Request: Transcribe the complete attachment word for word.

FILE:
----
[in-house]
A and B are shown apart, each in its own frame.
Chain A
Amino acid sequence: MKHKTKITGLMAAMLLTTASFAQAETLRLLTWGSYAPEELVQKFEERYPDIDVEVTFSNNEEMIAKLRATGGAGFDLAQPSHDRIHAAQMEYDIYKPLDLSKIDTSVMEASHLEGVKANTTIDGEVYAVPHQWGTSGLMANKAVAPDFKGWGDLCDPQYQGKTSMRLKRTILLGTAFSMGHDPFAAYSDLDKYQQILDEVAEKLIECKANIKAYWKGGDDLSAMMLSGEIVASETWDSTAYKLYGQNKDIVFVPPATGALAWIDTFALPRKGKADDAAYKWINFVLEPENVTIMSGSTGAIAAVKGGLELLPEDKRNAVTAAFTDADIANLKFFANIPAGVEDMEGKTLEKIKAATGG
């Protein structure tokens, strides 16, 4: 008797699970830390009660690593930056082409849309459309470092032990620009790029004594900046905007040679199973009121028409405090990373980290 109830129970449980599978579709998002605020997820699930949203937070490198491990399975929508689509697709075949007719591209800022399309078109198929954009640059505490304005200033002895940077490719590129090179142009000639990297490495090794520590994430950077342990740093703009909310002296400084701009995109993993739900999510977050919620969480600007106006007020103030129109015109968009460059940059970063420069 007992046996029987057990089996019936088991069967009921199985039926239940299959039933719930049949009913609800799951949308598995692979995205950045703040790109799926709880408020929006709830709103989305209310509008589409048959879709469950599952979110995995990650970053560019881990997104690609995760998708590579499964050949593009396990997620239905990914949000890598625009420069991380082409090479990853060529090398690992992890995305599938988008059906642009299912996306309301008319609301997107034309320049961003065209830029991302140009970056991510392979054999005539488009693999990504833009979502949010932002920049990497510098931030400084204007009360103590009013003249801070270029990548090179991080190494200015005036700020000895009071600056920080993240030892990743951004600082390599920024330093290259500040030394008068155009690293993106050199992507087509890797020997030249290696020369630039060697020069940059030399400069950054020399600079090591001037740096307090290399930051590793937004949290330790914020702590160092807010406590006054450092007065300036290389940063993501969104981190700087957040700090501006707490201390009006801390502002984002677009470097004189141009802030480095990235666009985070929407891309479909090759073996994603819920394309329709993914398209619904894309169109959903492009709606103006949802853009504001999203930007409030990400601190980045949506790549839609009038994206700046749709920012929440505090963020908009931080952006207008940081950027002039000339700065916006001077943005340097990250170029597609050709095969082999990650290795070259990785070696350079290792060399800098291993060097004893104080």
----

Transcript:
[in-house]
A and B are shown apart, each in its own frame.
Chain A
Amino acid sequence: MKHKTKITGLMAAMLLTTASFAQAETLRLLTWGSYAPEELVQKFEERYPDIDVEVTFSNNEEMIAKLRATGGAGFDLAQPSHDRIHAAQMEYDIYKPLDLSKIDTSVMEASHLEGVKANTTIDGEVYAVPHQWGTSGLMANKAVAPDFKGWGDLCDPQYQGKTSMRLKRTILLGTAFSMGHDPFAAYSDLDKYQQILDEVAEKLIECKANIKAYWKGGDDLSAMMLSGEIVASETWDSTAYKLYGQNKDIVFVPPATGALAWIDTFALPRKGKADDAAYKWINFVLEPENVTIMSGSTGAIAAVKGGLELLPEDKRNAVTAAFTDADIANLKFFANIPAGVEDMEGKTLEKIKAATGG
């Protein structure tokens, strides 16, 4: 008797699970830390009660690593930056082409849309459309470092032990620009790029004594900046905007040679199973009121028409405090990373980290 109830129970449980599978579709998002605020997820699930949203937070490198491990399975929508689509697709075949007719591209800022399309078109198929954009640059505490304005200033002895940077490719590129090179142009000639990297490495090794520590994430950077342990740093703009909310002296400084701009995109993993739900999510977050919620969480600007106006007020103030129109015109968009460059940059970063420069 007992046996029987057990089996019936088991069967009921199985039926239940299959039933719930049949009913609800799951949308598995692979995205950045703040790109799926709880408020929006709830709103989305209310509008589409048959879709469950599952979110995995990650970053560019881990997104690609995760998708590579499964050949593009396990997620239905990914949000890598625009420069991380082409090479990853060529090398690992992890995305599938988008059906642009299912996306309301008319609301997107034309320049961003065209830029991302140009970056991510392979054999005539488009693999990504833009979502949010932002920049990497510098931030400084204007009360103590009013003249801070270029990548090179991080190494200015005036700020000895009071600056920080993240030892990743951004600082390599920024330093290259500040030394008068155009690293993106050199992507087509890797020997030249290696020369630039060697020069940059030399400069950054020399600079090591001037740096307090290399930051590793937004949290330790914020702590160092807010406590006054450092007065300036290389940063993501969104981190700087957040700090501006707490201390009006801390502002984002677009470097004189141009802030480095990235666009985070929407891309479909090759073996994603819920394309329709993914398209619904894309169109959903492009709606103006949802853009504001999203930007409030990400601190980045949506790549839609009038994206700046749709920012929440505090963020908009931080952006207008940081950027002039000339700065916006001077943005340097990250170029597609050709095969082999990650290795070259990785070696350079290792060399800098291993060097004893104080």